Home > Producers, Production Houses, Distribution Houses – Archival and Bibliographic Collections – Luigi Chiarini Library
Home > Producers, Production Houses, Distribution Houses – Archival and Bibliographic Collections – Luigi Chiarini Library

Producers, Production Houses, Distribution Houses

Archival and Bibliographic Collections – Luigi Chiarini Library

The collection was donated by Vania Protti to the Centro Sperimentale di Cinematografia in 2017. It consists of 70 folders, each relating to one film, collecting all promotional material from the distribution campaigns – i.e. press advertisement, press books, catchphrases, correspondence, cards, invitations, press reviews, directions for businesses and marketing advice for the promotion of films during events and festivals, budgets and expenses, audio DVDs, dubbing DVDs, master DVDs,  home video DVDs, trailers, clips, CD press kits, films with time code, DVDs with behind the scenes photos – from the years 1998-2013. Moreover, there are 36 scripts, two dissertation theses and one book (pdf format) dedicated to the Academy.

Vania Protti and Manfredi Traxler created Academy Pictures in 1976. At the beginning the company was limited to classic distribution and its catalogue included one western movie, one mystery thriller, one children’s film and so on. In 1978, with Il matrimonio di Maria Braun by Rainer Werner Fassbinder, they started engaging in the distribution of films by European authors and American independent cinema. Thanks to Mr and Mrs Traxler’s passion, some of the greatest contemporary film directors, such as Kusturica, Greenaway, Wenders, Rohmer, Jarmusch, Egoyan, Almodóvar, Kieslowski, Lee, Ford, and Solondz among others, have been brought to the attention of the general public.After the passing of Manfredi Traxler in 2000, Vania Protti continued her commitment to the enhancement of international art-house cinema, first with Lady Film and then with Archibald Enterprise Film, until 2015.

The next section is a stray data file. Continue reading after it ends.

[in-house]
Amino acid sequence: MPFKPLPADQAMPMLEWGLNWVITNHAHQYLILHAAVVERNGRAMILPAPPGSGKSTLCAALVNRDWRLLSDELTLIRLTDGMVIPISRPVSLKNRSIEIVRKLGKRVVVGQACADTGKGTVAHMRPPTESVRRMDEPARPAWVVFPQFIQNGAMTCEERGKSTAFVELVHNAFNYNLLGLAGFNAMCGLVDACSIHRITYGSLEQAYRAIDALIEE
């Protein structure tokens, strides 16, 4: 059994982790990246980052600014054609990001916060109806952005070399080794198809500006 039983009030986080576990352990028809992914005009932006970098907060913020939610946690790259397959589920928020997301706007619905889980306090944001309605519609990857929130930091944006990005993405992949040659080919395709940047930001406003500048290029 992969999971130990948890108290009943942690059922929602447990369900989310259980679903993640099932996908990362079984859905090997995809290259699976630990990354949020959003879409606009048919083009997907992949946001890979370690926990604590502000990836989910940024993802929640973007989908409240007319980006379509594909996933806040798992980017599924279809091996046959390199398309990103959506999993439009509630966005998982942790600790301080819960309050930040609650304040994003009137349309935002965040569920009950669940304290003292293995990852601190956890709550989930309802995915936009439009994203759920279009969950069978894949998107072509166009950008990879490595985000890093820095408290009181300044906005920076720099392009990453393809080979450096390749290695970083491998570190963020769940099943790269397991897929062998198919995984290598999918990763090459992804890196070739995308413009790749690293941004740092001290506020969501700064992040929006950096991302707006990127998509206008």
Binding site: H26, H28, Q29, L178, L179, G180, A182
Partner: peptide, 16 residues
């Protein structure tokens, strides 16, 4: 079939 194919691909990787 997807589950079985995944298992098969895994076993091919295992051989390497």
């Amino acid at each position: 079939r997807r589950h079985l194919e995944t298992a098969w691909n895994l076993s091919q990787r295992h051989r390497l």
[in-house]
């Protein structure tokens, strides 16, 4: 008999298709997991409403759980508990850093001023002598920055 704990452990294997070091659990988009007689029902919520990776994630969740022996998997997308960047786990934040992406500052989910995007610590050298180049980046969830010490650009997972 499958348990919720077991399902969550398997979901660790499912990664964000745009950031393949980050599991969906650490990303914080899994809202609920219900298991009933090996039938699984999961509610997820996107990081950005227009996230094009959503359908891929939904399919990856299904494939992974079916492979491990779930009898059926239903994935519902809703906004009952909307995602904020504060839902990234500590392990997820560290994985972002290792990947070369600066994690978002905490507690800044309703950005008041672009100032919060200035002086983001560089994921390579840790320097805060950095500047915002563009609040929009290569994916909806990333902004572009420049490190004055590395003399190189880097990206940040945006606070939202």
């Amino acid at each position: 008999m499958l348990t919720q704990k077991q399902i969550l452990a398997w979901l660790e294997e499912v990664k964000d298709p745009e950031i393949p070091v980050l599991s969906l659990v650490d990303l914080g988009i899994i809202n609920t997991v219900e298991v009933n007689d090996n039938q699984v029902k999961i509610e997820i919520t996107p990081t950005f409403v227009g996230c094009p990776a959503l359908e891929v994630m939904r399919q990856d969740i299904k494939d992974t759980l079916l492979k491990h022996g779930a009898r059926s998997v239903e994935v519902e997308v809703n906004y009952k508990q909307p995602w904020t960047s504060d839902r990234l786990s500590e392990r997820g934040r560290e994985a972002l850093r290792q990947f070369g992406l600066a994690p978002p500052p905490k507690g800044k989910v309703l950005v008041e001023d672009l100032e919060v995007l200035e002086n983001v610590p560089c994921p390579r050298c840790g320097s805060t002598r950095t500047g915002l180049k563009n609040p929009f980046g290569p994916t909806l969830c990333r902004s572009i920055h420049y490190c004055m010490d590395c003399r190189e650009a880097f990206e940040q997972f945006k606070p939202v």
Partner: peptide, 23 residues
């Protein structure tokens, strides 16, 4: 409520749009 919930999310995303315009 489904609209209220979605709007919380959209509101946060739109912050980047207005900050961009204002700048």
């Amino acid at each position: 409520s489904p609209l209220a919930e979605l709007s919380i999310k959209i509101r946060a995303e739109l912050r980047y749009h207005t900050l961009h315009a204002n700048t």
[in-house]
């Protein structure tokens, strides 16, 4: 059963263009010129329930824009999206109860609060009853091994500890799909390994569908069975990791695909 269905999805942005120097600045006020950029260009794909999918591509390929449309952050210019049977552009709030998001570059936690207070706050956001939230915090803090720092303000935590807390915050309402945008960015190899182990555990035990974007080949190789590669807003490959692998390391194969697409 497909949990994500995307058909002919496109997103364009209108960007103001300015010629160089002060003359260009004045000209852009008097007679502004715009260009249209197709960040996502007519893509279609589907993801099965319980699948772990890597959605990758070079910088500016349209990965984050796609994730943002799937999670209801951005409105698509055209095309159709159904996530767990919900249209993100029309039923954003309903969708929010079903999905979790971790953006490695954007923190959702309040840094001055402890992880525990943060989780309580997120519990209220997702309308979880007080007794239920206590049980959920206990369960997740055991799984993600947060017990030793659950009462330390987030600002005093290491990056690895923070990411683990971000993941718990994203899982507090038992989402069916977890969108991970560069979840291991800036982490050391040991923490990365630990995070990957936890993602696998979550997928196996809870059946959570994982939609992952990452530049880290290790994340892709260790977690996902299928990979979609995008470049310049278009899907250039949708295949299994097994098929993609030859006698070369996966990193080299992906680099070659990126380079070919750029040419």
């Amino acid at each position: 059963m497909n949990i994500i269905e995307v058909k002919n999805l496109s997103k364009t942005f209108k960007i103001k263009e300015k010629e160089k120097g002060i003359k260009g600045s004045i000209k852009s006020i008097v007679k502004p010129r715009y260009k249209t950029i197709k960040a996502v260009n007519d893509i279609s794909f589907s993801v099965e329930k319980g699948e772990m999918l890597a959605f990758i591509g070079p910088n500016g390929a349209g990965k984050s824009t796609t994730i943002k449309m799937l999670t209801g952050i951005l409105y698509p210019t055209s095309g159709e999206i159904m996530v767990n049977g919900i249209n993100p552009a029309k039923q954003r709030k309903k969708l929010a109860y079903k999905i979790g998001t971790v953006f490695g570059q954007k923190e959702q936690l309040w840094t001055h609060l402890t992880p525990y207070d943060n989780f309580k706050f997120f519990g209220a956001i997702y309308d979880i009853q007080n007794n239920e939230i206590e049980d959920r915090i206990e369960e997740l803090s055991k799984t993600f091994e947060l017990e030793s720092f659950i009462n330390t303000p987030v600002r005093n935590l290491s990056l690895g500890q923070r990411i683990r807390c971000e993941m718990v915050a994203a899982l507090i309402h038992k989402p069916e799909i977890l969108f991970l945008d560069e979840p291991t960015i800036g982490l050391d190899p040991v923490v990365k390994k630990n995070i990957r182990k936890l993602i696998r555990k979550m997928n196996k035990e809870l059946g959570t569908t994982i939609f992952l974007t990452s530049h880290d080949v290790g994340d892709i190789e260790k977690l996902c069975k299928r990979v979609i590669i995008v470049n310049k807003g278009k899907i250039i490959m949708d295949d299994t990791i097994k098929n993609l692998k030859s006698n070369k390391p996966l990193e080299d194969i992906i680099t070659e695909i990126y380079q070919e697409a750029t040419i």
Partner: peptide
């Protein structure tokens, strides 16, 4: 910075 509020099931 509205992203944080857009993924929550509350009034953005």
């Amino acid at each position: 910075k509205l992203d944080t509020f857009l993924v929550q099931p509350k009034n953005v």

The collection was donated in 2013 and amounts to about 100 bibliographic documents, such as magazine issues, festival catalogues and screenplays. As a result, the following are available for consultation: scripts of the most successful recent international movies, most of which have been inspired by literary works; many translations of Italian films into English or French, created for their distribution abroad; and finally a few valuable texts, such as “Fans”, a 1991 script by Nagisa Oshima and Paul Mayesberg, and “Due telegrammi” by Michelangelo Antonioni and Rudy Wurlitzer, based on a story written by Antonioni in the 70s and published in Quel bowling sul Tevere.